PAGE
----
A deal for where the U.S. debt limit will move, for now, could be ready for President Joe Biden's desk soon.
Senators wrapped up voting late on Thursday night preparing the legislation to be ready for the president by Friday.
Senate leaders announced they had come to an agreement to pass a bill on the debt ceiling by Thursday evening to be sure the U.S. would not default on its debt.
The Cotton Amendment to HR 3746 on Fiscal Responsibility was agreed to.
Senators continued to debate late into Thursday night, with limited time. "Let's finish the job," Majority Leader Sen. Chuck Schumer urged.
Sen. Schumer confirmed leadership had come to a place where it promised to pass the legislation by Thursday night, officially by vote, as he called on his colleagues in Congress to act quickly as they voted.
Multiple senators insisted on debating amendments to the bill.
Republican senators proposed changes to cut spending further and a Democrat fought to remove a controversial natural gas pipeline project from the package.
Debates on military spending also dominated concerns about language in the legislation.
On Wednesday, the House voted by a 314–117margin in favor of H.R. 3746, which, if signed into law, would raise the debt limit for two years and cut spending on some discretionary programs.
That legislation was placed in the Senate's hands as they began voting and debating Thursday night.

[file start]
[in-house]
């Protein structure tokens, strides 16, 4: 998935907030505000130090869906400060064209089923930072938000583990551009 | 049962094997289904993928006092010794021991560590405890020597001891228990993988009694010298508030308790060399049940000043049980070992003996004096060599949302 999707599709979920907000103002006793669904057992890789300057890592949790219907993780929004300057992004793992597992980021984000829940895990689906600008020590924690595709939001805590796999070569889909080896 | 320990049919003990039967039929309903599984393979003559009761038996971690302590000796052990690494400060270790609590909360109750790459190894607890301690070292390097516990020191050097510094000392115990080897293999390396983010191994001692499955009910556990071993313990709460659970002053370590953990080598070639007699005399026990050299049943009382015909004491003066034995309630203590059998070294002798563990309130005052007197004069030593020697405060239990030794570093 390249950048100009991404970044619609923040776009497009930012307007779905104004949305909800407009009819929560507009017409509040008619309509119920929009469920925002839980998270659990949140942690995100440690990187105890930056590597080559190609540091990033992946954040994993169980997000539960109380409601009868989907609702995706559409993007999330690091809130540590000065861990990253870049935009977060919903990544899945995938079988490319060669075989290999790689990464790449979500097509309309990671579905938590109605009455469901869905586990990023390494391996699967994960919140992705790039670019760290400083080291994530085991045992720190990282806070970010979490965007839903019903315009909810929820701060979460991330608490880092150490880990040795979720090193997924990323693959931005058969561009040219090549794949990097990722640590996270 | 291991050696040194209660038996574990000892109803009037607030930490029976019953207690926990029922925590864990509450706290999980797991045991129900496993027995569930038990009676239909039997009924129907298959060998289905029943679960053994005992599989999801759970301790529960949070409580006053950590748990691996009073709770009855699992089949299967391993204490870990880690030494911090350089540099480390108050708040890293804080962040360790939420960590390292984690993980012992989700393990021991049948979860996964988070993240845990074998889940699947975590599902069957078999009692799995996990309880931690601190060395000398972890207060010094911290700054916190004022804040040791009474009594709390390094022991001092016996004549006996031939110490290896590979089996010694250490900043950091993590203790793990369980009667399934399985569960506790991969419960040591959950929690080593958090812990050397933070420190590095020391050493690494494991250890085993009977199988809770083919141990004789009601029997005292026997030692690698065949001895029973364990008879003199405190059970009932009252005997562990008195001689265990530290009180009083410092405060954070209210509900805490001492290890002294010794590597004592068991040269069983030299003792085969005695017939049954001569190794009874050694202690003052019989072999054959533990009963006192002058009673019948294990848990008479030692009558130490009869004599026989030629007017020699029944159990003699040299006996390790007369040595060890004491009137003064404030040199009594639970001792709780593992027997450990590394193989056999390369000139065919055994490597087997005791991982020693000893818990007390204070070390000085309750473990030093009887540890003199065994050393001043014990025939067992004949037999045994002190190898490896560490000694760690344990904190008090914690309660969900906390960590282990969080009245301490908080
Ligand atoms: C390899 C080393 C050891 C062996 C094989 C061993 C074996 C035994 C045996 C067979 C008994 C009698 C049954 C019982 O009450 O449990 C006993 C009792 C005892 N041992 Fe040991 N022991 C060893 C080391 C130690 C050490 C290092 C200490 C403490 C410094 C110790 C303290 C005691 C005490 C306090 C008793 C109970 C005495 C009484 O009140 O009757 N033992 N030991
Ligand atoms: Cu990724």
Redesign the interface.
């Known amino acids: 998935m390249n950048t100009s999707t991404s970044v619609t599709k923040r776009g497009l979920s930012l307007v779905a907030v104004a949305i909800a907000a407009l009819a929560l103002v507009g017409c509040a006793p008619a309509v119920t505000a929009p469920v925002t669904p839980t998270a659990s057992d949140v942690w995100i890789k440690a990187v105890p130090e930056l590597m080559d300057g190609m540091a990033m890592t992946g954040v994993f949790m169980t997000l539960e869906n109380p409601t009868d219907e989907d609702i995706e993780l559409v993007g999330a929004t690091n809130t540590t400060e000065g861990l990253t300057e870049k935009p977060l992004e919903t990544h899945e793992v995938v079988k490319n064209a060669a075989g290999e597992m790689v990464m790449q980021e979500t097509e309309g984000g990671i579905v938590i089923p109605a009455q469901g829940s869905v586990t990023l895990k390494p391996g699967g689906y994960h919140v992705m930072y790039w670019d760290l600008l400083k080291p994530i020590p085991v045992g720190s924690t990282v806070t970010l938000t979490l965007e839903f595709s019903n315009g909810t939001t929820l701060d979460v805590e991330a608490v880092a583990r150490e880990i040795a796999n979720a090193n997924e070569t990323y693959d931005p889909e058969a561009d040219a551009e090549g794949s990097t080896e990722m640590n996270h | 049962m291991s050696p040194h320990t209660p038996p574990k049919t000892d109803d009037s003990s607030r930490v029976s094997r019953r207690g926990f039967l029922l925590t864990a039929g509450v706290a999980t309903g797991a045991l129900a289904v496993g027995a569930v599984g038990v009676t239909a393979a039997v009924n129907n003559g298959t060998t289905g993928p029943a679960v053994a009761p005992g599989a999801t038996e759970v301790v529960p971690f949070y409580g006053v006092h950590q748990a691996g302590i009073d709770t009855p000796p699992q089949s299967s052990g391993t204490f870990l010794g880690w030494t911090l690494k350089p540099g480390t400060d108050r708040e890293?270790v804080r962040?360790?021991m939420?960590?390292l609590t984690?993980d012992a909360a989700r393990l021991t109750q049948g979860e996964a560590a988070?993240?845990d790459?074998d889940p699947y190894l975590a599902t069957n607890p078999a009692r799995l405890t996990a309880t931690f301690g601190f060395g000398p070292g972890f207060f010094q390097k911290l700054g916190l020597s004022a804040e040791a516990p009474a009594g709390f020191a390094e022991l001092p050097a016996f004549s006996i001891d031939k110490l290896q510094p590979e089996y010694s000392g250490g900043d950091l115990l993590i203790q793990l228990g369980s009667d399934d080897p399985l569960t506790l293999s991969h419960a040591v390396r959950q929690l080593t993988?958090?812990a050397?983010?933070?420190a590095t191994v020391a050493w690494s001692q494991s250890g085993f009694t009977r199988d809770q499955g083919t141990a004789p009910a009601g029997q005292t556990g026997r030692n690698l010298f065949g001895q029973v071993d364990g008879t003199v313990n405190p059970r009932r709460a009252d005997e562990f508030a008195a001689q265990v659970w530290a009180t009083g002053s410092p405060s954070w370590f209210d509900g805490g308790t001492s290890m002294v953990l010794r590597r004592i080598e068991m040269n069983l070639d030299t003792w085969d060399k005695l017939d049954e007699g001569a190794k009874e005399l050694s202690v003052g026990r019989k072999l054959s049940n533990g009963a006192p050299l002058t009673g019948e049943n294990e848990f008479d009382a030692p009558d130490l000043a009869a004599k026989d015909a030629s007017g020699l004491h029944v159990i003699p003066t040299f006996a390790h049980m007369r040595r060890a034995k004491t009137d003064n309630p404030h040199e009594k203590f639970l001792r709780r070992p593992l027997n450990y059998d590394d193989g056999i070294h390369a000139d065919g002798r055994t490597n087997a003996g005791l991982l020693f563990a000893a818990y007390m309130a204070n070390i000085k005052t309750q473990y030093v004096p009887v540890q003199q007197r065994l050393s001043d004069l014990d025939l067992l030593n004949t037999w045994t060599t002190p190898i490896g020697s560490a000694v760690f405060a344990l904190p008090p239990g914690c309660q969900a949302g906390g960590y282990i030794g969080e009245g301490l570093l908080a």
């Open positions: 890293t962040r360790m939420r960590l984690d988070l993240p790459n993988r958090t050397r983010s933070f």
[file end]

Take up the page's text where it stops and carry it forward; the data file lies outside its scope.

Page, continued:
The 99-page bill reins in spending for the next two years and will suspend the debt limit until January 2025.
It will also change some policies, including requiring older Americans receiving food aid to work.
At least 11 senators were scheduled to be allowed to vote on amendments, with both sides locked into an agreement to pass legislation by Thursday night to avoid a default.
That meant lawmakers in the Senate would have to debate and vote on 11 amendments, making it uncertain how late into the night the session on the Senate floor would go as Sen. Schumer announced the rules.
The Senate began voting on the amendments at 7:30 p.m. ET.
Although the bill got the support of a majority of both Republicans and Democrats in the House, Schumer acknowledged that not everyone was completely happy with it.
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